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Let $G$ be a finite subgroup of $\text{SL}(2,\mathbb{C})$ and let $Y=\text{GHilb}(\mathbb{C}^2)$ be the minimal resolution of $X=\mathbb{C}^2/G$ where $\text{GHilb}(\mathbb{C}^2)$ is the Nakamura $G$-Hilbert scheme. According to Bridgeland-King-Reid there is a universal closed subscheme $\mathfrak{Z} \subset Y \times \mathbb{C}^2$ which makes a certain diagram commutative. What is really known about $\mathfrak{Z},$ for example

Is $\mathfrak{Z}$ reduced?

I was thinking, if one can prove that $Z \subset \text{Hilb}^{|G|}(\mathbb{C}^2) \times \mathbb{C}^2$ where $Z$ is the universal closed subscheme associated to the Hilbert scheme of $|G|$ points on $\mathbb{C}^2,$ is reduced, because $Y \times \mathbb{C}^2 \hookrightarrow \text{Hilb}^{|G|}(\mathbb{C}^2) \times \mathbb{C}^2$ we would then know that $\mathfrak{Z}$ is reduced. So does this hold?

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$Z$ is certainly reduced. In fact, it is smooth at any point lying over a point in the Hilbert scheme corresponding to a collection of distinct points, so it is generically smooth (and generically reduced). But it is also flat over the Hilbert scheme, so there are no embedded components, and it is reduced. (In fact, I believe it is actually smooth, but this is slightly more subtle.) I don't see, however, why knowing $Z$ is reduced gives what you want; reduced schemes have lots of nonreduced subschemes. –  Jack Huizenga Mar 7 '13 at 7:02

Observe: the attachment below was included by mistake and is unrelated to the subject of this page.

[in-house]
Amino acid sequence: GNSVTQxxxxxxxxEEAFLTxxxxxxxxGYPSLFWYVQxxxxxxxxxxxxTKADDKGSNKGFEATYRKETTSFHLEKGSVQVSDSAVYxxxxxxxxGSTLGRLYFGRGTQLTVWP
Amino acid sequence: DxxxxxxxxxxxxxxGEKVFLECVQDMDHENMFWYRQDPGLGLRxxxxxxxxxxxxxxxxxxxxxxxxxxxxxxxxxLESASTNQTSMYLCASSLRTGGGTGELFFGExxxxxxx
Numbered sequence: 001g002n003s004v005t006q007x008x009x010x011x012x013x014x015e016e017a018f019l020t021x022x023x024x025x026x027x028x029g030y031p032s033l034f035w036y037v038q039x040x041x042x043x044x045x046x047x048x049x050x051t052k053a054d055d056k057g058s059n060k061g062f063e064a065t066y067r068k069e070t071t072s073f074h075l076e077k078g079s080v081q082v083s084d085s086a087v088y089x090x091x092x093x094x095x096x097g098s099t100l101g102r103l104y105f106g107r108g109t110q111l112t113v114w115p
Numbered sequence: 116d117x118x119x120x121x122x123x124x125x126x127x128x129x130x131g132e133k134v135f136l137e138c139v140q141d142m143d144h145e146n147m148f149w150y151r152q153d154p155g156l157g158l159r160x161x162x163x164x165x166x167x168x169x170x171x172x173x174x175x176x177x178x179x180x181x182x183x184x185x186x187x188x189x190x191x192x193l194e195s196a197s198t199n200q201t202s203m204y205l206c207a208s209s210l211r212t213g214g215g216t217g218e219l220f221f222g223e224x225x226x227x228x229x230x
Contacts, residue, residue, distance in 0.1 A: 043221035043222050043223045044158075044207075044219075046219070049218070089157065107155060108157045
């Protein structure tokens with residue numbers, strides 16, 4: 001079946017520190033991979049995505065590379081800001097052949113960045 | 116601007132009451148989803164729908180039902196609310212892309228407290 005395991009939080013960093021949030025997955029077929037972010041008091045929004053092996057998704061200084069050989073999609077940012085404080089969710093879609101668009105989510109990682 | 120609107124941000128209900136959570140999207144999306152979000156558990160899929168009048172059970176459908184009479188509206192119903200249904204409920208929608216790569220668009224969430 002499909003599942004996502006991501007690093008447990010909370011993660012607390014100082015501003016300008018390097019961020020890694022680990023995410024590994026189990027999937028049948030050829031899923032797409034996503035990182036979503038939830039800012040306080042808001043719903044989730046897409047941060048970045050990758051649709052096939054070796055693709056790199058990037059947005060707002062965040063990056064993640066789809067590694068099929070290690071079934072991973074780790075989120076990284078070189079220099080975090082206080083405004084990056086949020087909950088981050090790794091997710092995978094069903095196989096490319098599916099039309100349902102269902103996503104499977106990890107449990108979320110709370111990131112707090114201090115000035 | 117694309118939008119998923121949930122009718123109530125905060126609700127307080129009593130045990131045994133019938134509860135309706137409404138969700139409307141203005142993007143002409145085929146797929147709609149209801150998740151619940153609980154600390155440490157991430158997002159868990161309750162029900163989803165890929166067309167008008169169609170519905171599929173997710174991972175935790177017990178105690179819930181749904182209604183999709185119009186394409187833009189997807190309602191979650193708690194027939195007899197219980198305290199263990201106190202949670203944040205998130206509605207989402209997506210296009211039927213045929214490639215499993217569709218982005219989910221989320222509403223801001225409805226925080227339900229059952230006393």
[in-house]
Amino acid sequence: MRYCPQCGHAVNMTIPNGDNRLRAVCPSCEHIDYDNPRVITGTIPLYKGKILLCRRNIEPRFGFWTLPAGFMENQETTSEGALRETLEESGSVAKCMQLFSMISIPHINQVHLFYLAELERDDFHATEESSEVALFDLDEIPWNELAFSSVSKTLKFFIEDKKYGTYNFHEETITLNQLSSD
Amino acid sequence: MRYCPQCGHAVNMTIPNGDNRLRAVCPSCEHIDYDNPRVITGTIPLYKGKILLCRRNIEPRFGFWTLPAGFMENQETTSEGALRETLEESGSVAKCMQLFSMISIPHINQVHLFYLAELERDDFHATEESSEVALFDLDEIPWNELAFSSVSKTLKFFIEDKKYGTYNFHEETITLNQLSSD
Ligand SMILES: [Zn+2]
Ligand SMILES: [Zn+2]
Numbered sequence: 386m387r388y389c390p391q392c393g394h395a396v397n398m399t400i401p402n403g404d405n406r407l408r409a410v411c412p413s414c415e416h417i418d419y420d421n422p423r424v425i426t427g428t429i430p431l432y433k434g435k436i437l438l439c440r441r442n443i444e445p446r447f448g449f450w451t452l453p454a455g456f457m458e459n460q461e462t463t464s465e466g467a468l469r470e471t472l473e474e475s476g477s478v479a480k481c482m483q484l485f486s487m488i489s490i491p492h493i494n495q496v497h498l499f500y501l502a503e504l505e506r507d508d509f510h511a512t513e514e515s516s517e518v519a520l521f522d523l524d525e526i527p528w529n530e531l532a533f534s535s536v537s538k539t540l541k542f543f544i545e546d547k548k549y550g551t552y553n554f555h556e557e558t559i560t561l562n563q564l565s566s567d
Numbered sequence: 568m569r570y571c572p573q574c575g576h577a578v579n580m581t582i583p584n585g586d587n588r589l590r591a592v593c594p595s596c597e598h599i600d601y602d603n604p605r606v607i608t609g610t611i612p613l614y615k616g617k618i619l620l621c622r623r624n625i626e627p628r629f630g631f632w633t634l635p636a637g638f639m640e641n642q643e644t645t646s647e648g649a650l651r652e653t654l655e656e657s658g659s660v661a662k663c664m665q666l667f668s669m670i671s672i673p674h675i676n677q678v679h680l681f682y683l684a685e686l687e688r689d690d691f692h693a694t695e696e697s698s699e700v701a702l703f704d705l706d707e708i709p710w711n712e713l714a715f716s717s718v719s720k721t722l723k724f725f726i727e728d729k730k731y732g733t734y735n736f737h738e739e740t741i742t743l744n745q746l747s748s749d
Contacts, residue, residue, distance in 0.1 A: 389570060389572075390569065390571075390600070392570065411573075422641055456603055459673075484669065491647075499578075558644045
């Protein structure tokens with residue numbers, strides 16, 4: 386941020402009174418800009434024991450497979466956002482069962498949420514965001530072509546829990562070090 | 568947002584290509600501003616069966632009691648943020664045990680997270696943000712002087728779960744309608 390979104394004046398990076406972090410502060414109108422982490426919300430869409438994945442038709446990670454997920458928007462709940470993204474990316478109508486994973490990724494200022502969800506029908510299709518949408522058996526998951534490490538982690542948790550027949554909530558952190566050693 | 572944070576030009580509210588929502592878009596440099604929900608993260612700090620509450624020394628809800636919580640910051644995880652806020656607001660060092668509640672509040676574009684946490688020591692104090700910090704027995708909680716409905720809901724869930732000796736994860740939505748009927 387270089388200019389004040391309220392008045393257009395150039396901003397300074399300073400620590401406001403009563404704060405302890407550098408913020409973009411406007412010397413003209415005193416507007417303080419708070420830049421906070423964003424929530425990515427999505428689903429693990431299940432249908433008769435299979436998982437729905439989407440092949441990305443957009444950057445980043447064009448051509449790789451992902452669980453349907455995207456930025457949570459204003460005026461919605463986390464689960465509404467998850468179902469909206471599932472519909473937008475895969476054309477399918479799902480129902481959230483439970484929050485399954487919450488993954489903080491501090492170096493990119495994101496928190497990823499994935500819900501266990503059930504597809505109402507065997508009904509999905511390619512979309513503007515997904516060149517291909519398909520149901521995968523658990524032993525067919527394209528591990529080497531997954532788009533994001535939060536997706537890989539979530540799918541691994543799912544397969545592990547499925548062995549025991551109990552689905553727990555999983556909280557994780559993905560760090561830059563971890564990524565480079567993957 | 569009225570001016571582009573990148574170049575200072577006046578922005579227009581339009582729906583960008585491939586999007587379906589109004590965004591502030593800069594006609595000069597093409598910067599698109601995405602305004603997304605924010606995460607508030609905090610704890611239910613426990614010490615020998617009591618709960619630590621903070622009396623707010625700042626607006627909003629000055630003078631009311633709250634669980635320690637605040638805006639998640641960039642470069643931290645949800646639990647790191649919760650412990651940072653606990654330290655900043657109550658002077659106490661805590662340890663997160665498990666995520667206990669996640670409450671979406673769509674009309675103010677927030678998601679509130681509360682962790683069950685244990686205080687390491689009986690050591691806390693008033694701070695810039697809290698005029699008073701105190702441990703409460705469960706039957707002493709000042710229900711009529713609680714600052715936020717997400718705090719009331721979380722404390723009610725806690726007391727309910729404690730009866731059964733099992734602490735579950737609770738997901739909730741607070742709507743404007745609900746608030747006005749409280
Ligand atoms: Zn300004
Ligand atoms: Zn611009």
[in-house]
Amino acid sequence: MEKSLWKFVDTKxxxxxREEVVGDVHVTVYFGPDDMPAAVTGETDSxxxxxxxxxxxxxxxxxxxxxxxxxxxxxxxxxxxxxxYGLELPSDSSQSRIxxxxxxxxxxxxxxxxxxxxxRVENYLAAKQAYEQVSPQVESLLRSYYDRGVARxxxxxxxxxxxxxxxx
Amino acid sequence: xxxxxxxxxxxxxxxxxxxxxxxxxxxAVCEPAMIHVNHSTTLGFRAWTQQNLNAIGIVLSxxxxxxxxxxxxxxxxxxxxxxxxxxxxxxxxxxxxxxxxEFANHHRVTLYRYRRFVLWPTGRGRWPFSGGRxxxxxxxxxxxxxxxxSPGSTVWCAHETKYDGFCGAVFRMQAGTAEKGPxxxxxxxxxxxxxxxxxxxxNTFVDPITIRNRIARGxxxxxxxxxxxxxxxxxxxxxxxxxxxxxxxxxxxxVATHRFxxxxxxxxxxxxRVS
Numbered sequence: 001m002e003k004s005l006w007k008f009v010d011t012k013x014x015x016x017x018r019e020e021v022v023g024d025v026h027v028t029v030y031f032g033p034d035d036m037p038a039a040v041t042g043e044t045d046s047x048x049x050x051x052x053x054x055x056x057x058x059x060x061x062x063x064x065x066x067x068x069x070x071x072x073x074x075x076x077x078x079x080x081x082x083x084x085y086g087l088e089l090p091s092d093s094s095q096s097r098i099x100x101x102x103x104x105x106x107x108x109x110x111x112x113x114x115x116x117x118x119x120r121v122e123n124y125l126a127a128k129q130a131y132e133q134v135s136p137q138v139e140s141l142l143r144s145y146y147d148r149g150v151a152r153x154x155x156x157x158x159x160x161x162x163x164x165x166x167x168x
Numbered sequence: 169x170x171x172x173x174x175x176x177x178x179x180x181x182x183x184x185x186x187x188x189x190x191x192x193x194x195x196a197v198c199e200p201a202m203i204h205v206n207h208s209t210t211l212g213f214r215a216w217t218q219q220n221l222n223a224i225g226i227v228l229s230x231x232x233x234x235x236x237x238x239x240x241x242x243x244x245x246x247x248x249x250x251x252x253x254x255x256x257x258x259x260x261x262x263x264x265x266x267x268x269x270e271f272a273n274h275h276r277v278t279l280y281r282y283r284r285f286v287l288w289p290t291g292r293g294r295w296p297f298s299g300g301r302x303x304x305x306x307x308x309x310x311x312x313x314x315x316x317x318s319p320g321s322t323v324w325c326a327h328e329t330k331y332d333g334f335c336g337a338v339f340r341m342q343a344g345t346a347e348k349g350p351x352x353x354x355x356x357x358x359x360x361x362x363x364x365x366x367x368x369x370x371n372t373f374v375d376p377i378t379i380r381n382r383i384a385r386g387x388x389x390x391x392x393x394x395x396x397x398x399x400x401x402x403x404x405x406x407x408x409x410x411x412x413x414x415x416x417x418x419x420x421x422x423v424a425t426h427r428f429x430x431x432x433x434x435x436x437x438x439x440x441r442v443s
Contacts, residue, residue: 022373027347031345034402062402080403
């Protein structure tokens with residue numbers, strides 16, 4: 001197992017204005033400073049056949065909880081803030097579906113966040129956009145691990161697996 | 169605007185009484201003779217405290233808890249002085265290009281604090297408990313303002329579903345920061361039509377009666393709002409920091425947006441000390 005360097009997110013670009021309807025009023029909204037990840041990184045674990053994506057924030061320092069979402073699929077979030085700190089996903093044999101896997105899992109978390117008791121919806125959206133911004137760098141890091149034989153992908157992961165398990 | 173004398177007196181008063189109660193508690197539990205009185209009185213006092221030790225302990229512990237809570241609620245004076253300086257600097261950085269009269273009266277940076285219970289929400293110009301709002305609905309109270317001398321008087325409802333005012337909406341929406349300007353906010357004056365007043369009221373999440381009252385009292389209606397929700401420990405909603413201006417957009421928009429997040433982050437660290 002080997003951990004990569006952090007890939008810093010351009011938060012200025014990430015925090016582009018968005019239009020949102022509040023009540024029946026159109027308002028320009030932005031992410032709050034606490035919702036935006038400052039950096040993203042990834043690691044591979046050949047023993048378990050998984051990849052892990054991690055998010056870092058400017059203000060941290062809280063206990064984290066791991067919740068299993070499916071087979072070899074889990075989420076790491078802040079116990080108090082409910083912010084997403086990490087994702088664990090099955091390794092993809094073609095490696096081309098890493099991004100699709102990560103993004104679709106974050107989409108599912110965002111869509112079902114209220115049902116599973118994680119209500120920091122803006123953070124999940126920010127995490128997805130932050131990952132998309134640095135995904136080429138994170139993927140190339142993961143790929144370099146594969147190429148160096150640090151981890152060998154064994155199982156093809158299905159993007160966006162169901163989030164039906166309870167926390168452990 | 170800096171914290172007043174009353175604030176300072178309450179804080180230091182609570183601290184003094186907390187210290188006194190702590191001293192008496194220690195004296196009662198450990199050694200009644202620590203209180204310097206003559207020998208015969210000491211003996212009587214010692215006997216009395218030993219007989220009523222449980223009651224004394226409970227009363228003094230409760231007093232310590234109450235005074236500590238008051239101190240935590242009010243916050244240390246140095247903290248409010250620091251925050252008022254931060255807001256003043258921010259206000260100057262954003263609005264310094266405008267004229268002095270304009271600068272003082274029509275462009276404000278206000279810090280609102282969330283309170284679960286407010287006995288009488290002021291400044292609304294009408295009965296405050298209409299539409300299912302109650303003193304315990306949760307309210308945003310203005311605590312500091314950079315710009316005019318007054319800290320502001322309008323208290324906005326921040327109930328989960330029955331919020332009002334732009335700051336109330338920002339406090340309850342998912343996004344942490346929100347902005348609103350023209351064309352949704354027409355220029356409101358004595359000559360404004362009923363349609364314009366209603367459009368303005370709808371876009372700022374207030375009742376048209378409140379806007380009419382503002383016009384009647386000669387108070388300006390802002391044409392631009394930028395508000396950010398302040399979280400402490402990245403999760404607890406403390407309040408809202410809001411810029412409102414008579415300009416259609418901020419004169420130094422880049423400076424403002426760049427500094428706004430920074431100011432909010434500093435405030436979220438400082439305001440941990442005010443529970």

Dear Jack, why can't one argue similarly for $\mathfrak{Z}?$ As for the last statement, I thought, because $G$-invariant part of a reduced scheme is reduced, am I wrong? –  Ehsan M. Kermani Mar 7 '13 at 8:35
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The $G$-invariant part of a reduced scheme is not reduced in general: take $\mathbb{Z}/2\mathbb{Z}$ acting on the curve $xy=0$ by exchanging coordinates. –  Laurent Moret-Bailly Mar 7 '13 at 8:55
    
Fair enough. @Laurent Moret-Bailly, what condition(s) implies that the $G$-invariant part is reduce, then? –  Ehsan M. Kermani Mar 9 '13 at 17:48

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